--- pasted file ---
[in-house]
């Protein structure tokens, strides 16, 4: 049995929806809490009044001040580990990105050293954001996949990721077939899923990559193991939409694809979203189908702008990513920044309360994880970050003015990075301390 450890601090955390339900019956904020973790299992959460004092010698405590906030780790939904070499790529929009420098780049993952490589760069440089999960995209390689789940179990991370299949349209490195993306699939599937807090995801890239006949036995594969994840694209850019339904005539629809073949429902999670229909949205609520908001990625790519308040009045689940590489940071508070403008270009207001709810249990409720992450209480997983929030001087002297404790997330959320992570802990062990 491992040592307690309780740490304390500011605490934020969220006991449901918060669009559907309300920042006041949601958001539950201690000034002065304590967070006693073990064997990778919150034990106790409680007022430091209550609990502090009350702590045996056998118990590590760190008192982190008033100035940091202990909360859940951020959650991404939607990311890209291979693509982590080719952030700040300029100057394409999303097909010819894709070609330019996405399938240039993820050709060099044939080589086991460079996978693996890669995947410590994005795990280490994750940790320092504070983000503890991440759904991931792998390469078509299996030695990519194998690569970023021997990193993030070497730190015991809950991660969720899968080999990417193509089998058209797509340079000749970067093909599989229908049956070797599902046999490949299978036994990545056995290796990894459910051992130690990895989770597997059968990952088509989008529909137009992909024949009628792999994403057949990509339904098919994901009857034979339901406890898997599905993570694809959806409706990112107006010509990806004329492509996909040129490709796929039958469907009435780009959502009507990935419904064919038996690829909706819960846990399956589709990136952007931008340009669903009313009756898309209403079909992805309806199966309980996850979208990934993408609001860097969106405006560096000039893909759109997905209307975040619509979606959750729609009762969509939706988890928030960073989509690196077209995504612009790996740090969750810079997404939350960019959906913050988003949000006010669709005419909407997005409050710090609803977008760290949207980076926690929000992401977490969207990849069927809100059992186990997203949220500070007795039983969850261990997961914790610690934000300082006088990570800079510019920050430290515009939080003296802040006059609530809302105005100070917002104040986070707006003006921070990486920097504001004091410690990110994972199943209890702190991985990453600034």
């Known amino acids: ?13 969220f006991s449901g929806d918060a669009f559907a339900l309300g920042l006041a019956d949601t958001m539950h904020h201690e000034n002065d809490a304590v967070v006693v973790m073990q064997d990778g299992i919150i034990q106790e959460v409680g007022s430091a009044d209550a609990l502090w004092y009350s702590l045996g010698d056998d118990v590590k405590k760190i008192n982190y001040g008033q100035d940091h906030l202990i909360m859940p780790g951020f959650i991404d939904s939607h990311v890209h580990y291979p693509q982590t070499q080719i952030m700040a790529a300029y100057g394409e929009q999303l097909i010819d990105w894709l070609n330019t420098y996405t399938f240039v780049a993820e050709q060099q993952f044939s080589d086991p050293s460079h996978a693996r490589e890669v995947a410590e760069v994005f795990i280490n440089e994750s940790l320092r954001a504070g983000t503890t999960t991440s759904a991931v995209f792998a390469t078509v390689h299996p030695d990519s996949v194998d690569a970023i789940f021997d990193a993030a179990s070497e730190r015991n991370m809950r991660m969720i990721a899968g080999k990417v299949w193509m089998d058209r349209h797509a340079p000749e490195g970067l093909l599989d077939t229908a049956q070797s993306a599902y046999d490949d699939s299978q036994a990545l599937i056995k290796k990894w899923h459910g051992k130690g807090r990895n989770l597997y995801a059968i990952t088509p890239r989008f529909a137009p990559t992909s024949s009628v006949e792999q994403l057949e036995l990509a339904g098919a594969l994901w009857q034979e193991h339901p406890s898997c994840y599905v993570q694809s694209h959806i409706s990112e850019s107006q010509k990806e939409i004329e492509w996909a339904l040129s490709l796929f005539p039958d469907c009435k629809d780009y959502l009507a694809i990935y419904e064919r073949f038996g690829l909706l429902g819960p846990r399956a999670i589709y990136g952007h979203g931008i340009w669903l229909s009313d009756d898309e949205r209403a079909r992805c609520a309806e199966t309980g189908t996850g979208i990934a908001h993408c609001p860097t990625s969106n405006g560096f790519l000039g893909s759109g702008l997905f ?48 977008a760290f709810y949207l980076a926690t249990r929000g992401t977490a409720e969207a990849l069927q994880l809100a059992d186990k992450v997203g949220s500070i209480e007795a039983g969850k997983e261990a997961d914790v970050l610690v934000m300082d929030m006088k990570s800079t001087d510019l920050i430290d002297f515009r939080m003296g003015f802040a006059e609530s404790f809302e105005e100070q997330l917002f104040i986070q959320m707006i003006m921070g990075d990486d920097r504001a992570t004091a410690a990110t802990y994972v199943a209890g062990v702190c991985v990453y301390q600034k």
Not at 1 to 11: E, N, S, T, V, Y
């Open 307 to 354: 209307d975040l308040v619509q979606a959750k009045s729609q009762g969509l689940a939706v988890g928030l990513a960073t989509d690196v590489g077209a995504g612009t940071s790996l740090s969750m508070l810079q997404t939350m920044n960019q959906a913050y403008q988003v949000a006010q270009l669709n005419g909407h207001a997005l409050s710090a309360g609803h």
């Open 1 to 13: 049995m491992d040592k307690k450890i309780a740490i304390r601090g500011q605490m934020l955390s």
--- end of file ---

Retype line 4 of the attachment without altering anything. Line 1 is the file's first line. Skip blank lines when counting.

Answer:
Not at 1 to 11: E, N, S, T, V, Y